By June Kelly
BBC home affairs correspondent
Complex new legislation will take a lot of unpicking to prove, police say
New laws making it a criminal offence to have sex with prostitutes controlled by pimps may be too complex to work in practice, police have warned.
The legislation, which is due to come into effect later this year, aims to protect women forced into the trade.
Gloucestershire Chief Constable Dr Tim Brain said he feared the complexity of the law may make gaining evidence hard.
He said his concern was getting enough evidence "to merit a suitable number of prosecutions to act as a deterrent".
Dr Brain, the lead on prostitution for the Association of Chief Police Officers of England, Wales and Northern Ireland, said the legislation was "quite complex".
"It will take a lot of unpicking to prove and therefore I am concerned that the deterrent effect the government was hoping to bring about will be lessened because the legislation is so complex," he said.
The government's planned change to the law in England and Wales aims to protect women forced into the trade by traffickers and pimps.
Home Secretary Jacqui Smith launched the new legislation with an unequivocal message, saying "there will be no more excuses for those who pay for sex".
For the first time ministers have the "punters" in their sights.
At present it is not illegal to pay for sex. Under the new legislation a man will face prosecution if he pays for sex with a woman who is being "controlled for gain" by someone else.
And in court he will not be able to argue he did not know the woman was being controlled because ignorance is no defence.
Dr Brain said: "The idea that men should be responsible and have a wider knowledge of the harm they can cause by paying for sex in these circumstances is an absolutely sound principle.
"Our concern is around gaining sufficient evidence to merit a suitable number of prosecutions to act as a deterrent."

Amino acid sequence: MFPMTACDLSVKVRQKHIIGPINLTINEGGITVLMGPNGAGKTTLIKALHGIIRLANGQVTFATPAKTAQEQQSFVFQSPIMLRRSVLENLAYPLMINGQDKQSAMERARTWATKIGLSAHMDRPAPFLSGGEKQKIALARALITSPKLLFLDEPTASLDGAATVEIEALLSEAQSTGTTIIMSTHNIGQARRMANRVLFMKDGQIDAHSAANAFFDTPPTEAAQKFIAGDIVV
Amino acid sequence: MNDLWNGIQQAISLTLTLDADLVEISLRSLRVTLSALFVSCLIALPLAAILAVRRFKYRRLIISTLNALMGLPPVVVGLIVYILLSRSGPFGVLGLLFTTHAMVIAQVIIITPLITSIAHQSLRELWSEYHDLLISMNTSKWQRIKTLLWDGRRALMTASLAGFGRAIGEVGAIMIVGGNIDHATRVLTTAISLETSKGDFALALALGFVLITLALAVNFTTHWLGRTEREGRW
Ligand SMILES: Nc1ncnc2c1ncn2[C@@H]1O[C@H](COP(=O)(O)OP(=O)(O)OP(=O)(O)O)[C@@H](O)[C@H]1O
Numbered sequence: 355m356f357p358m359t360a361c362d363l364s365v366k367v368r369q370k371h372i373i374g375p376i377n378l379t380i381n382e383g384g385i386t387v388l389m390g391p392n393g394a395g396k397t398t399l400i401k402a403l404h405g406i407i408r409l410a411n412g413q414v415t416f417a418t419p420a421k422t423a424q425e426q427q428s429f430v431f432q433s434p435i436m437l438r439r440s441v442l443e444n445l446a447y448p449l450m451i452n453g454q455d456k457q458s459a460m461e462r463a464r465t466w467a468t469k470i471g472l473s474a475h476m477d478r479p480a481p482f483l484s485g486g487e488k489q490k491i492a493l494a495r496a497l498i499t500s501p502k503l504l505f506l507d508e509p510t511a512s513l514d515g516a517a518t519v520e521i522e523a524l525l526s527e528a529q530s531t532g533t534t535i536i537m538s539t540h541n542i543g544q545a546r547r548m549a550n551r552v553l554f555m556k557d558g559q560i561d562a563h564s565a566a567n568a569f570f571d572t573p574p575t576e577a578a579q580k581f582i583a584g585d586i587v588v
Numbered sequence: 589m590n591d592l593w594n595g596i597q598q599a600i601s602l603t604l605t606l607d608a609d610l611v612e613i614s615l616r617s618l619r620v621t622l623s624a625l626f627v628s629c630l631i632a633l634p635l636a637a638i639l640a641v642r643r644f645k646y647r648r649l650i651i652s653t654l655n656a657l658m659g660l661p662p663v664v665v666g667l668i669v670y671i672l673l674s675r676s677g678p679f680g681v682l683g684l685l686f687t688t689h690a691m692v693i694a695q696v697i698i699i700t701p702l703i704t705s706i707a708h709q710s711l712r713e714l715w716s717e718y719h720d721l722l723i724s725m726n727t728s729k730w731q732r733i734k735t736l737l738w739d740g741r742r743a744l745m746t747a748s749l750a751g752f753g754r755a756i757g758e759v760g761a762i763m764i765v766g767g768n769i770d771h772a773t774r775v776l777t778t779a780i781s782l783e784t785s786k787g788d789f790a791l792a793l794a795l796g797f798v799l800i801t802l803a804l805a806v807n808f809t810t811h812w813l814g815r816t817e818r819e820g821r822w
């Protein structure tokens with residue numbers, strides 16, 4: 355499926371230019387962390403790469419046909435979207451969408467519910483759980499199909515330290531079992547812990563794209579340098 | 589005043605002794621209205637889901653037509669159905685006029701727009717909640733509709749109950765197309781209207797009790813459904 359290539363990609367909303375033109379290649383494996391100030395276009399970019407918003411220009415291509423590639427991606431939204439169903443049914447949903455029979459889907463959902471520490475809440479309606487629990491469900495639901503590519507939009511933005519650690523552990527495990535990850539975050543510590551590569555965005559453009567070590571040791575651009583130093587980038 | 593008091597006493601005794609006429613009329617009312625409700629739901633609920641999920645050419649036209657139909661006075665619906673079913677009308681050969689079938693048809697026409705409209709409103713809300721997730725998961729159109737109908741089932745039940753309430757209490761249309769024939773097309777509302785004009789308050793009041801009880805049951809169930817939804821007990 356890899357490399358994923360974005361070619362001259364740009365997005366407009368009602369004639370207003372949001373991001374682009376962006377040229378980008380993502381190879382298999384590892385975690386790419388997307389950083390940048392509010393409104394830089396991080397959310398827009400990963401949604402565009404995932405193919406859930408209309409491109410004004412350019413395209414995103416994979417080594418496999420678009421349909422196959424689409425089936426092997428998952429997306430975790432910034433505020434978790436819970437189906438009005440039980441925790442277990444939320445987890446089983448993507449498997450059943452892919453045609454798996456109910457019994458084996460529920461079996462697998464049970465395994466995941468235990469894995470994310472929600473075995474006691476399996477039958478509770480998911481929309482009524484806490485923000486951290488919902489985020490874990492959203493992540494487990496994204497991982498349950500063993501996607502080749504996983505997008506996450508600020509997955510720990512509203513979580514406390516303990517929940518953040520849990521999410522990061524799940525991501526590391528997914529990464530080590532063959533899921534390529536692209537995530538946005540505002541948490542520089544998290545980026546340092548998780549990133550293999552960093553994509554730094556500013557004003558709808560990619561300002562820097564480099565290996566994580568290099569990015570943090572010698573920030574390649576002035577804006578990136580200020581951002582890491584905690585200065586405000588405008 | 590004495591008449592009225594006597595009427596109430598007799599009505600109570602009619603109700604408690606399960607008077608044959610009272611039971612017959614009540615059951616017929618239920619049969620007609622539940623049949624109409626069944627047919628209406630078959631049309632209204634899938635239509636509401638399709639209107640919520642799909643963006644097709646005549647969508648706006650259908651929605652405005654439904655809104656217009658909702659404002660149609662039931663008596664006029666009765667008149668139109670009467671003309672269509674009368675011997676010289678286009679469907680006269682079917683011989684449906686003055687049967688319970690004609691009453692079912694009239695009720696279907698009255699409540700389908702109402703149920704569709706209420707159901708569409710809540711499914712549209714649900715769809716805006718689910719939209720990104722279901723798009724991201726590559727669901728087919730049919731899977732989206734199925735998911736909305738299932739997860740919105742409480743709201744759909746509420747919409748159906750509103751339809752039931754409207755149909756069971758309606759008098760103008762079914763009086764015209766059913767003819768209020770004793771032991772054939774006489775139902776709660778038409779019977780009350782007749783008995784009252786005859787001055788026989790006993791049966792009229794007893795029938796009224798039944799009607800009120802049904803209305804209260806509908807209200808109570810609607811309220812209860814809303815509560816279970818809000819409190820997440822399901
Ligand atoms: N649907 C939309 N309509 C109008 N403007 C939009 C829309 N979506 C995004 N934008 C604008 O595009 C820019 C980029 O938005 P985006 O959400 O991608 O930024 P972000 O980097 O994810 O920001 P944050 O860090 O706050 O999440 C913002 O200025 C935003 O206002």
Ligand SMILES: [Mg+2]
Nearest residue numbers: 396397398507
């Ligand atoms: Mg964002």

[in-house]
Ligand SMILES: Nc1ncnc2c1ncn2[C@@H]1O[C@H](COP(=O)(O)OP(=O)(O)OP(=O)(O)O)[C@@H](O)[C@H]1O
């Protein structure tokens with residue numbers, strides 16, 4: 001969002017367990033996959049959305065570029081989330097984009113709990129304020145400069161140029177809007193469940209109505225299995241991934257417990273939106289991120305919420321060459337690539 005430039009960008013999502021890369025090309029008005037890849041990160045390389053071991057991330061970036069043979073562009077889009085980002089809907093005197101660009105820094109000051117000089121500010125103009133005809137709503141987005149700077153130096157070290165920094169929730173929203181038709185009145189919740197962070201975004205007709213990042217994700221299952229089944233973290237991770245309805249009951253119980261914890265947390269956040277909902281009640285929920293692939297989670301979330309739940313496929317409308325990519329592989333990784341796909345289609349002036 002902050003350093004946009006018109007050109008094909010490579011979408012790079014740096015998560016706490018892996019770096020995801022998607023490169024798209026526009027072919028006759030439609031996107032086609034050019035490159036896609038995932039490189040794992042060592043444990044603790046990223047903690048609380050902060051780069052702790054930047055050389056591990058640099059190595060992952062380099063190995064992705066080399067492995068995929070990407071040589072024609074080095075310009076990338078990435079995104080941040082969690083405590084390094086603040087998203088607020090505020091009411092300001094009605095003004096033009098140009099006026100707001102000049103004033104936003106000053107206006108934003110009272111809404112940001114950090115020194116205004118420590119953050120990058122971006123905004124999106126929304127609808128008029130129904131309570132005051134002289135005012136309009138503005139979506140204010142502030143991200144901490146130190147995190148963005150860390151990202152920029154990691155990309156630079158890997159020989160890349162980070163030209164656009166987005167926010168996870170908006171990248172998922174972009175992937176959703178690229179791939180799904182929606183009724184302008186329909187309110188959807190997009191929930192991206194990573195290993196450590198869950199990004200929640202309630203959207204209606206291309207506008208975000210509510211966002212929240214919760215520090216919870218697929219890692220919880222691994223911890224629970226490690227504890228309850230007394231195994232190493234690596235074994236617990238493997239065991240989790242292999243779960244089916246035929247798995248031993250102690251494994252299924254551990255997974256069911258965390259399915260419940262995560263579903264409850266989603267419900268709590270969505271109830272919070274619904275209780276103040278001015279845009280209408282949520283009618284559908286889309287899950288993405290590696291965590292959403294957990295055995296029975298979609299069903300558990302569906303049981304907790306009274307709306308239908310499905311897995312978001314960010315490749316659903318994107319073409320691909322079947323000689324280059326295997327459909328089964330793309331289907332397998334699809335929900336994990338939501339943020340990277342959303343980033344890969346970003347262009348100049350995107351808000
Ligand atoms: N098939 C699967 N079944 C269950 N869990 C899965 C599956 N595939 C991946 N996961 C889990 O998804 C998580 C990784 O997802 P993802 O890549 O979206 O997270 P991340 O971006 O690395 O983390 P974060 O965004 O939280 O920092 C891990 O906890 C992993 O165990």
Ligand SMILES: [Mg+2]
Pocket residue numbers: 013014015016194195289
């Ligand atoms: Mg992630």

But what about those this legislation is aimed at - the men who have sex with prostitutes?
One man in his 60s called "John", who has been using prostitutes for most of his marriage, told the BBC the new law may deter some men but not him.
When asked if he would ask a woman if she was being controlled, he said: "I wouldn't expect her to tell the truth because it isn't a trade where the truth is always there.
"They're acting anonymously, I'm acting anonymously because there is something very wrong in what we are doing, so not telling the truth is only part of the story."
At a brothel in the south east of England with 50 women on its books, four women who were ready to see clients told the BBC they were all working in the sex trade voluntarily.
Andrea, who runs the business, said the new legislation would keep customers away and could force her to close and the women to work on their own.
"If the girls are working on their own they are open to danger," she said.
"They are one phonecall away from a rapist, a psychopath, muggers, anything... people know these women have cash on them. It's frightening."
While the women at Andrea's brothel say they are there from choice, there are many others forced to work in the sex trade who do not have a voice.
The Home Office says more than 160 victims of sex trafficking were rescued by police in a six-month period last year.
"We know there are many more women involved in prostitution who are being exploited in a number of ways," a spokesman said.
The bill also includes tougher controls on kerb crawlers.